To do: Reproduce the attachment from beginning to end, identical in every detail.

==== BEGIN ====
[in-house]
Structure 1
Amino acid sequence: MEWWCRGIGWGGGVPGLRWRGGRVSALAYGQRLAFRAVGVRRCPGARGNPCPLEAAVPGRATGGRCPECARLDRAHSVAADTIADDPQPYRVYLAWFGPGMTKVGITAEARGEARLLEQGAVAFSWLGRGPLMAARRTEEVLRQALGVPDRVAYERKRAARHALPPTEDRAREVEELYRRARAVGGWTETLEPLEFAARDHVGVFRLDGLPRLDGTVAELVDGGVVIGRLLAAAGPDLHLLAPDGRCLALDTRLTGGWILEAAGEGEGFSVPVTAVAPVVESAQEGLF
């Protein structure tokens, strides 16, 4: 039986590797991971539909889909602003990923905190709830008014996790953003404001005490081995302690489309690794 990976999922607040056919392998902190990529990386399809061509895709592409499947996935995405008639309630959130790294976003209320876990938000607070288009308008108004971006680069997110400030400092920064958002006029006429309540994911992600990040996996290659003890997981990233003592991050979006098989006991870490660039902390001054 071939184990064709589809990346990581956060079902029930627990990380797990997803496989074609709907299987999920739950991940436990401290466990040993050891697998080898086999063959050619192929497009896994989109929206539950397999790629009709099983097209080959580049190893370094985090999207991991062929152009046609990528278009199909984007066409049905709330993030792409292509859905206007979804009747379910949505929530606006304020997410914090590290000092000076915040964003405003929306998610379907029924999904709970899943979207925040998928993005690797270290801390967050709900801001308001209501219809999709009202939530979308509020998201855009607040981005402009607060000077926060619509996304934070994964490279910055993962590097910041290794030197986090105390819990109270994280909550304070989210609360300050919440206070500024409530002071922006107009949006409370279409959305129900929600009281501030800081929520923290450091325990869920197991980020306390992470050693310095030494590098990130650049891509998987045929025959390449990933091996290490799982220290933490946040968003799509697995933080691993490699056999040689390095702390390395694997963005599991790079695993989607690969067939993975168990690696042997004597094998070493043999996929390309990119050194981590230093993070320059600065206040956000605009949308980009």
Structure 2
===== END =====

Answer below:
[in-house]
Structure 1
Amino acid sequence: MEWWCRGIGWGGGVPGLRWRGGRVSALAYGQRLAFRAVGVRRCPGARGNPCPLEAAVPGRATGGRCPECARLDRAHSVAADTIADDPQPYRVYLAWFGPGMTKVGITAEARGEARLLEQGAVAFSWLGRGPLMAARRTEEVLRQALGVPDRVAYERKRAARHALPPTEDRAREVEELYRRARAVGGWTETLEPLEFAARDHVGVFRLDGLPRLDGTVAELVDGGVVIGRLLAAAGPDLHLLAPDGRCLALDTRLTGGWILEAAGEGEGFSVPVTAVAPVVESAQEGLF
């Protein structure tokens, strides 16, 4: 039986590797991971539909889909602003990923905190709830008014996790953003404001005490081995302690489309690794 990976999922607040056919392998902190990529990386399809061509895709592409499947996935995405008639309630959130790294976003209320876990938000607070288009308008108004971006680069997110400030400092920064958002006029006429309540994911992600990040996996290659003890997981990233003592991050979006098989006991870490660039902390001054 071939184990064709589809990346990581956060079902029930627990990380797990997803496989074609709907299987999920739950991940436990401290466990040993050891697998080898086999063959050619192929497009896994989109929206539950397999790629009709099983097209080959580049190893370094985090999207991991062929152009046609990528278009199909984007066409049905709330993030792409292509859905206007979804009747379910949505929530606006304020997410914090590290000092000076915040964003405003929306998610379907029924999904709970899943979207925040998928993005690797270290801390967050709900801001308001209501219809999709009202939530979308509020998201855009607040981005402009607060000077926060619509996304934070994964490279910055993962590097910041290794030197986090105390819990109270994280909550304070989210609360300050919440206070500024409530002071922006107009949006409370279409959305129900929600009281501030800081929520923290450091325990869920197991980020306390992470050693310095030494590098990130650049891509998987045929025959390449990933091996290490799982220290933490946040968003799509697995933080691993490699056999040689390095702390390395694997963005599991790079695993989607690969067939993975168990690696042997004597094998070493043999996929390309990119050194981590230093993070320059600065206040956000605009949308980009």
Structure 2